June 7, 2019
It’s typical to see many children with braces around middle school or high school. In fact, braces are all but inherently associated with a child’s awkward, gawky early-teen phase, but did you know that earlier treatment can actually be beneficial to your child’s health down the line?
It might not be as common to see an elementary-aged student running around with braces, but we’re here to tell you that early orthodontic treatment is actually a safe and viable option.
We understand — right now, you may be wondering what, exactly, the difference is between early and regular orthodontic treatment. But don’t worry, we’re here to break it all down for you:
- What Is Early Orthodontic Treatment?Early orthodontic treatment is precisely what it sounds like: orthodontic attention provided earlier on in a child’s life.The American Association of Orthodontists recommends that a child should be brought in for their first orthodontic check-up around the age of 7. Should any orthodontic problems be identified at or before this age, the treatment provided would be classified as “early” treatment.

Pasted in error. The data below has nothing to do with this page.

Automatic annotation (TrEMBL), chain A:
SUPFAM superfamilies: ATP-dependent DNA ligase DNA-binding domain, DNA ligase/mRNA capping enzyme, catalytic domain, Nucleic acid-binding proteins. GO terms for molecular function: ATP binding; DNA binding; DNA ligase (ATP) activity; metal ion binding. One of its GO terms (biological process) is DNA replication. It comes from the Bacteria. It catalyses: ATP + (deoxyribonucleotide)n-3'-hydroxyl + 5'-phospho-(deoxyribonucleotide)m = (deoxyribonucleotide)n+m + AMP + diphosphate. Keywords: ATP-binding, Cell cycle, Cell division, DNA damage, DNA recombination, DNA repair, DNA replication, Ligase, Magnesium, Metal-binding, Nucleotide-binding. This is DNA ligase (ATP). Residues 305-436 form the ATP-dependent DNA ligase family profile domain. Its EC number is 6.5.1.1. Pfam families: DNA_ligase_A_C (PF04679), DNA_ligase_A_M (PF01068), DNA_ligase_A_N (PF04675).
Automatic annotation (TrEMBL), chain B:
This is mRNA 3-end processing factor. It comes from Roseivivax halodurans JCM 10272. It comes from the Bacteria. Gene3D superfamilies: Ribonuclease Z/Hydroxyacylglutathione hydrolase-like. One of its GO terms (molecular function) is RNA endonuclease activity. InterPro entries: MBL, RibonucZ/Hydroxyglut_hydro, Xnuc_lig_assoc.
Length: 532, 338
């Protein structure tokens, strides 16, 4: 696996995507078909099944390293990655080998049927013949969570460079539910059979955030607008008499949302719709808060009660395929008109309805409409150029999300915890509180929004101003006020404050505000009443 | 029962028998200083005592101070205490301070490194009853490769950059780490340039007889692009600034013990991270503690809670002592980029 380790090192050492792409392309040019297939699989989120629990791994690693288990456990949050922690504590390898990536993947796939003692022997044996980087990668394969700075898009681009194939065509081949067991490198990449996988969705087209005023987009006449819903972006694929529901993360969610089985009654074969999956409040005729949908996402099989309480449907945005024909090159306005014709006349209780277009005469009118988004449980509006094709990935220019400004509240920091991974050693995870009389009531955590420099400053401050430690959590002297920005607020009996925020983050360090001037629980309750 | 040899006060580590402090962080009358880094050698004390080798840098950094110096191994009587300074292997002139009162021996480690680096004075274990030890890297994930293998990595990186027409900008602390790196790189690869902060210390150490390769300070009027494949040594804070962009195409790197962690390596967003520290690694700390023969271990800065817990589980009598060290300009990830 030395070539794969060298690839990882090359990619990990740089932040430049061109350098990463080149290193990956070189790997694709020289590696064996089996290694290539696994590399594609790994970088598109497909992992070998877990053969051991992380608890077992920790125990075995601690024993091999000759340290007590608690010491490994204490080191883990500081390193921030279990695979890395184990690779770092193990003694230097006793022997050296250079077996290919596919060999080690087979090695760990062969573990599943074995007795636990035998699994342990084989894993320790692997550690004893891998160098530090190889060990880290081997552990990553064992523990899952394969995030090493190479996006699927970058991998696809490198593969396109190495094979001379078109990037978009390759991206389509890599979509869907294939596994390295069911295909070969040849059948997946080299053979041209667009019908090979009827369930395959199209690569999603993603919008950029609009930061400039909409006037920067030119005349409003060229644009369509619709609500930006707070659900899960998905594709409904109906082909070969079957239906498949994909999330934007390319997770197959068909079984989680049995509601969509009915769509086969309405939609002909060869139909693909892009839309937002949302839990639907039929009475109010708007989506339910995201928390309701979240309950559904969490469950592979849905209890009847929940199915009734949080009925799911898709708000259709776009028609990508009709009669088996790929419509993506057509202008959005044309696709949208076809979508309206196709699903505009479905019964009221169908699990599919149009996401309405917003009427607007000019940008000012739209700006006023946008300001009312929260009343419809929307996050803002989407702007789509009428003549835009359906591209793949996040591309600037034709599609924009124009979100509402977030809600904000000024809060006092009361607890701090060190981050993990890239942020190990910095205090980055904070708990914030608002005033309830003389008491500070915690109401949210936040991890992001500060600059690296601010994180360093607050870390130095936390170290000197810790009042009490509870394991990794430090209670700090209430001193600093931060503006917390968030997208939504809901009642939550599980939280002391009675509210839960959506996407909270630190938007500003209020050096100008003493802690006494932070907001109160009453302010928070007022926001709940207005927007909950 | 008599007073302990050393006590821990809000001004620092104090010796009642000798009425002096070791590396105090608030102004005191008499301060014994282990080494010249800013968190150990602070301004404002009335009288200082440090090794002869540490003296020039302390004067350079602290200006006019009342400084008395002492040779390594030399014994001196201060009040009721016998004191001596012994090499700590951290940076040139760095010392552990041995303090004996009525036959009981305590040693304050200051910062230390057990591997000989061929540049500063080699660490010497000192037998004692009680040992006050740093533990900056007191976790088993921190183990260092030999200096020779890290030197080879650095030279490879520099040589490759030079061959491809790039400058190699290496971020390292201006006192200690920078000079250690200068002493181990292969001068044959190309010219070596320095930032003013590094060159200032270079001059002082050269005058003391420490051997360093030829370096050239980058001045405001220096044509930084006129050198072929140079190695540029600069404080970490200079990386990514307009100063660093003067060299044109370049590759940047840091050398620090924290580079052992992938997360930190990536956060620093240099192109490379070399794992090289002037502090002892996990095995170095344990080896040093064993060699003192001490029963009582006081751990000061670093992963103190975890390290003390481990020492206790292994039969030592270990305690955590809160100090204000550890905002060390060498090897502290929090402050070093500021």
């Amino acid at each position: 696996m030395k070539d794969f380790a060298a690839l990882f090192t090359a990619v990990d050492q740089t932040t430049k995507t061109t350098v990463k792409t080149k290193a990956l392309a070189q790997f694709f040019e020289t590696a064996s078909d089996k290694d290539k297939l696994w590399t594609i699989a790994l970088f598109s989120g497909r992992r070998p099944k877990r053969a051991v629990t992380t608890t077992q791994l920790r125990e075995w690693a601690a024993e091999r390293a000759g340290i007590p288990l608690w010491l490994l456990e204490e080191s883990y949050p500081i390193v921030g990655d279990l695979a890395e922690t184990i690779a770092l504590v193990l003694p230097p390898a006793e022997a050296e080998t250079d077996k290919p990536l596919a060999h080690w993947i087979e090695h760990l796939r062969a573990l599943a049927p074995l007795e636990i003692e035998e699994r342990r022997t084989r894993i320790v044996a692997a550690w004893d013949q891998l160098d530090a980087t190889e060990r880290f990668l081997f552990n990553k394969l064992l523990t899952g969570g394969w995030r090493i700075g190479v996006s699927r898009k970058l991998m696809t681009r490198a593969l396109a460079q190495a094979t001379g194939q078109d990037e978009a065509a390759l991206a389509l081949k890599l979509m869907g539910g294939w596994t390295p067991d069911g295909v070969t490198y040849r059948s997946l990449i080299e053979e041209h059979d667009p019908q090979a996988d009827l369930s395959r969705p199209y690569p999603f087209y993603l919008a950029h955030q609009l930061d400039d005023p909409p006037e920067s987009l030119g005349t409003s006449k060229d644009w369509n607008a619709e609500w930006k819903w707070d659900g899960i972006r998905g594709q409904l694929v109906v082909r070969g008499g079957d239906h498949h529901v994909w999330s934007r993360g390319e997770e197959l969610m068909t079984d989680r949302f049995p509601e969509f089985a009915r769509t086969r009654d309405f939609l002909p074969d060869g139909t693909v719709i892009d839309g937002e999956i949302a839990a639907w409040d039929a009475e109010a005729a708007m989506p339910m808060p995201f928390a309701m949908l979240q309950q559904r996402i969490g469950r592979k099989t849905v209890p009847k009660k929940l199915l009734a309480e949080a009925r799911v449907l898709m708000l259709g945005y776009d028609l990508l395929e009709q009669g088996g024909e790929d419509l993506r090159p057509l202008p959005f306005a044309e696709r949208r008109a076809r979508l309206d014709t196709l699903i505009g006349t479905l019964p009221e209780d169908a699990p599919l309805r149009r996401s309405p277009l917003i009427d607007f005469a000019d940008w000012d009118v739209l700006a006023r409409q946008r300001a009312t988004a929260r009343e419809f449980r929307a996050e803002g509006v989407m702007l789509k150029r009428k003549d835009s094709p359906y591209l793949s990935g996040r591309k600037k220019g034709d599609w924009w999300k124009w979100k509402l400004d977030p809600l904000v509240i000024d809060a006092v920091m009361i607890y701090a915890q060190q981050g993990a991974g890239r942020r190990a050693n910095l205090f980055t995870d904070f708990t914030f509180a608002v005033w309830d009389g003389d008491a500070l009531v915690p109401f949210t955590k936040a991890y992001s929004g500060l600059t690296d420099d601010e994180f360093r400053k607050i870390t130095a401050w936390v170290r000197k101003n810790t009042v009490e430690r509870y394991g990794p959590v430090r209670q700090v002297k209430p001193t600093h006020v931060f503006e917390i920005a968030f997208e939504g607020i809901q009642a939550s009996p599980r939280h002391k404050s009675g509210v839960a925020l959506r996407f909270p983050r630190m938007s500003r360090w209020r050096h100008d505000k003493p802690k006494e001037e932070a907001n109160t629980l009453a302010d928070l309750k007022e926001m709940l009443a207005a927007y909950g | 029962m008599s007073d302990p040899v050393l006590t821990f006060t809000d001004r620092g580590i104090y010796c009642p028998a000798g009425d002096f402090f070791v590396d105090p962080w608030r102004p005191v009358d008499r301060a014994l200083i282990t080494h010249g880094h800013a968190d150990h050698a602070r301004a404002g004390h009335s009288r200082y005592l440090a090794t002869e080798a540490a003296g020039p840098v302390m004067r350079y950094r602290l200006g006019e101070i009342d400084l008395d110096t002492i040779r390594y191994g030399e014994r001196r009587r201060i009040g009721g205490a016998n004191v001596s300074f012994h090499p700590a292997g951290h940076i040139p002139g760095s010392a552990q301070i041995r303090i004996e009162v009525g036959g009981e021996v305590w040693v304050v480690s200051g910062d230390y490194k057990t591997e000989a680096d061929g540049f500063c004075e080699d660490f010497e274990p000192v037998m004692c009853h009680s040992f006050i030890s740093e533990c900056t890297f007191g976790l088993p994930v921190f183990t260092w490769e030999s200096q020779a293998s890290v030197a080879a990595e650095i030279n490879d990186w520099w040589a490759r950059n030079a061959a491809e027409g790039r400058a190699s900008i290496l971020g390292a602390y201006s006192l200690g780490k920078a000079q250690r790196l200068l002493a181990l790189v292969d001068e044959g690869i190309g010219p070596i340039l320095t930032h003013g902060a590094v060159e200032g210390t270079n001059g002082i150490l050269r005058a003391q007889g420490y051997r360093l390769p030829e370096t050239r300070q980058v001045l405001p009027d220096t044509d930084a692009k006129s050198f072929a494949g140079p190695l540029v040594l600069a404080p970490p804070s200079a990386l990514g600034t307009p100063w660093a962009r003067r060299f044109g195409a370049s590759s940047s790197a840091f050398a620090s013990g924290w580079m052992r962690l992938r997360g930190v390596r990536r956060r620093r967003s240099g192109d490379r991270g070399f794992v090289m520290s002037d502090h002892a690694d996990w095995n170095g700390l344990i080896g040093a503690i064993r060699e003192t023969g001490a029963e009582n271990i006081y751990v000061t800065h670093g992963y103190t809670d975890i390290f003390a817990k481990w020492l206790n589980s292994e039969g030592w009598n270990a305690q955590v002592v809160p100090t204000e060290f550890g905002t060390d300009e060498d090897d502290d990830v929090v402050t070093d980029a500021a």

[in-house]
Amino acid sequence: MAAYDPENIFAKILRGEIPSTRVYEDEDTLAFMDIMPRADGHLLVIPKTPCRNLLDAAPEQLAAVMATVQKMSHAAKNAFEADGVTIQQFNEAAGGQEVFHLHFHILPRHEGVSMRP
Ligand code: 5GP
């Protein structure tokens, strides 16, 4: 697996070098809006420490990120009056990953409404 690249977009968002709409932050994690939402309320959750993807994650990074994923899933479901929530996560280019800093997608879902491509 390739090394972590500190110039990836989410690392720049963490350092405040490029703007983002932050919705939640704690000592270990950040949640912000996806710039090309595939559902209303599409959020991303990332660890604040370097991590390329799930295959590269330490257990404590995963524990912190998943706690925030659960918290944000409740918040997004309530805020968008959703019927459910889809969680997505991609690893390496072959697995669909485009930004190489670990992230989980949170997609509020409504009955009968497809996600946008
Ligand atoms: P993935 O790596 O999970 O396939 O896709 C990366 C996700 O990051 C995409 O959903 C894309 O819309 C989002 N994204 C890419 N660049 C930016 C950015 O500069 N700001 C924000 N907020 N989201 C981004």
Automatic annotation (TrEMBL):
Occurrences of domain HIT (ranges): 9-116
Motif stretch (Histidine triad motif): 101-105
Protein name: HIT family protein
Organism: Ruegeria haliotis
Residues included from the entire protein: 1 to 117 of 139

- Does My Child Need Early Orthodontic Treatment?
There are several signs that your child may need early orthodontic treatment. Some start before age seven, such as if your child is still sucking their thumb at or after age five, or if they lose their teeth earlier than age five.Otherwise, once they lose their baby teeth and their adult teeth start to grow in, common problems that may merit attention include:
- Late loss of baby teeth
- Protruding or overcrowded teeth
- Underbites – when the jaw places lower teeth in front of the upper teeth
- Crossbites – when the jaw shifts to the side
- Excessive space between teeth
- Difficulty eating
- What Are The Phases of Early Orthodontic Treatment?
The phases of treatment are dependent upon your child’s age.Phase 1 treatment is usually performed when a child still has some or most of their baby teeth. Also referred to as “preventative” or “interceptive” treatment, it is designed to correct any premature issues with their baby teeth or the jaw. This way, the likelihood that your child will need more extensive orthodontic treatment down the line is reduced.Phase 2 takes place once the adult teeth have fully emerged — this is where we start to return to the idea of the treatment that takes place closer to their teenage years. The second phase will complete any treatment that began in phase 1 and typically involves traditional braces and complete jaw alignment.
If you’re not sure where to go to answer any other questions you may have about your child’s orthodontic needs, be sure to contact SouthShore Orthodontics today! Not only do we provide exceptional results in a welcoming environment, but we offer a truly personalized approach to orthodontic care — whether it be for you or your child.